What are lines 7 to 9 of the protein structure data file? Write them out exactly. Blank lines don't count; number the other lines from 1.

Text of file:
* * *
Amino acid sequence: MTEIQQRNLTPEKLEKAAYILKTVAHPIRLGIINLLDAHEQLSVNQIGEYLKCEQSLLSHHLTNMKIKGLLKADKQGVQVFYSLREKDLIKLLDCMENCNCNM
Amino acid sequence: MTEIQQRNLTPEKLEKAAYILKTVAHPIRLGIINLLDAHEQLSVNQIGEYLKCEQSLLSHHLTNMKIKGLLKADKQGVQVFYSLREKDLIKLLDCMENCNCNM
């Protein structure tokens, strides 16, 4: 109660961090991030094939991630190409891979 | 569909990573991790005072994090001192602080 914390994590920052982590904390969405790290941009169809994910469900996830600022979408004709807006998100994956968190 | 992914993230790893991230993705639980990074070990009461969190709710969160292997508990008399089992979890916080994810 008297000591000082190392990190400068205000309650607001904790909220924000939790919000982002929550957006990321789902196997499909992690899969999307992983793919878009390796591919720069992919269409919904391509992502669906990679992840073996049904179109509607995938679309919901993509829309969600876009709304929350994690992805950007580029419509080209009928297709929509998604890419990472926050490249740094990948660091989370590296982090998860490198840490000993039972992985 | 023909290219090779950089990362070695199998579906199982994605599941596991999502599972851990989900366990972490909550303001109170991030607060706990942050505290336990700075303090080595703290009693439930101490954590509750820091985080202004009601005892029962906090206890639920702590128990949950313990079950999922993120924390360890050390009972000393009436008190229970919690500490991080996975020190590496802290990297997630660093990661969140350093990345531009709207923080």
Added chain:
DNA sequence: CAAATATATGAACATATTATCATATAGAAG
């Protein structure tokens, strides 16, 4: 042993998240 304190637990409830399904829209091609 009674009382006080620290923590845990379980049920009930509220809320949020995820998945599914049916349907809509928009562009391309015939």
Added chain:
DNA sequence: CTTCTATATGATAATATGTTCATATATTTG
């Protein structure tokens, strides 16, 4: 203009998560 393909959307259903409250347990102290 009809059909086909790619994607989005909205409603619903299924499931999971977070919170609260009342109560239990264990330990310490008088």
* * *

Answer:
Added chain:
DNA sequence: CTTCTATATGATAATATGTTCATATATTTG
């Protein structure tokens, strides 16, 4: 203009998560 393909959307259903409250347990102290 009809059909086909790619994607989005909205409603619903299924499931999971977070919170609260009342109560239990264990330990310490008088």